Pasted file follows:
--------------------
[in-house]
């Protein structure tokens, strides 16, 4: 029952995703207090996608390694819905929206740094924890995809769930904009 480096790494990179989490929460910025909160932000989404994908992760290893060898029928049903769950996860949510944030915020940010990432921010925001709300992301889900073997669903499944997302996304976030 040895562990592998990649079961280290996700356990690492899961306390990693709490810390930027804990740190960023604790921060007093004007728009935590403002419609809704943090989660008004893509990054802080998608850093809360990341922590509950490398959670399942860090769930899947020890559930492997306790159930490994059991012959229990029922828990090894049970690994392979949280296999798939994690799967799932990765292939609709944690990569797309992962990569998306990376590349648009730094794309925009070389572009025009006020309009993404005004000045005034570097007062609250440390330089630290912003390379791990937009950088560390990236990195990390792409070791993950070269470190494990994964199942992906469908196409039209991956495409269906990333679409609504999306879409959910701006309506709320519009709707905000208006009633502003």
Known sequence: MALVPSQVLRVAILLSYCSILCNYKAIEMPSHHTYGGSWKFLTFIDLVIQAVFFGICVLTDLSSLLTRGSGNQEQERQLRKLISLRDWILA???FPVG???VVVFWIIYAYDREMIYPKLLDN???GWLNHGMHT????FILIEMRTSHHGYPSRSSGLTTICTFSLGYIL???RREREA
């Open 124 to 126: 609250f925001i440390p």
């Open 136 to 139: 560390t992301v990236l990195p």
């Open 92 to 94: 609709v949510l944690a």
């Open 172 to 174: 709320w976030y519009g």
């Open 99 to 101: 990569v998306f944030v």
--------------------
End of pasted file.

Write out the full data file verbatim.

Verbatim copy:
[in-house]
């Protein structure tokens, strides 16, 4: 029952995703207090996608390694819905929206740094924890995809769930904009 480096790494990179989490929460910025909160932000989404994908992760290893060898029928049903769950996860949510944030915020940010990432921010925001709300992301889900073997669903499944997302996304976030 040895562990592998990649079961280290996700356990690492899961306390990693709490810390930027804990740190960023604790921060007093004007728009935590403002419609809704943090989660008004893509990054802080998608850093809360990341922590509950490398959670399942860090769930899947020890559930492997306790159930490994059991012959229990029922828990090894049970690994392979949280296999798939994690799967799932990765292939609709944690990569797309992962990569998306990376590349648009730094794309925009070389572009025009006020309009993404005004000045005034570097007062609250440390330089630290912003390379791990937009950088560390990236990195990390792409070791993950070269470190494990994964199942992906469908196409039209991956495409269906990333679409609504999306879409959910701006309506709320519009709707905000208006009633502003």
Known sequence: MALVPSQVLRVAILLSYCSILCNYKAIEMPSHHTYGGSWKFLTFIDLVIQAVFFGICVLTDLSSLLTRGSGNQEQERQLRKLISLRDWILA???FPVG???VVVFWIIYAYDREMIYPKLLDN???GWLNHGMHT????FILIEMRTSHHGYPSRSSGLTTICTFSLGYIL???RREREA
């Open 124 to 126: 609250f925001i440390p």
């Open 136 to 139: 560390t992301v990236l990195p």
């Open 92 to 94: 609709v949510l944690a």
């Open 172 to 174: 709320w976030y519009g």
């Open 99 to 101: 990569v998306f944030v």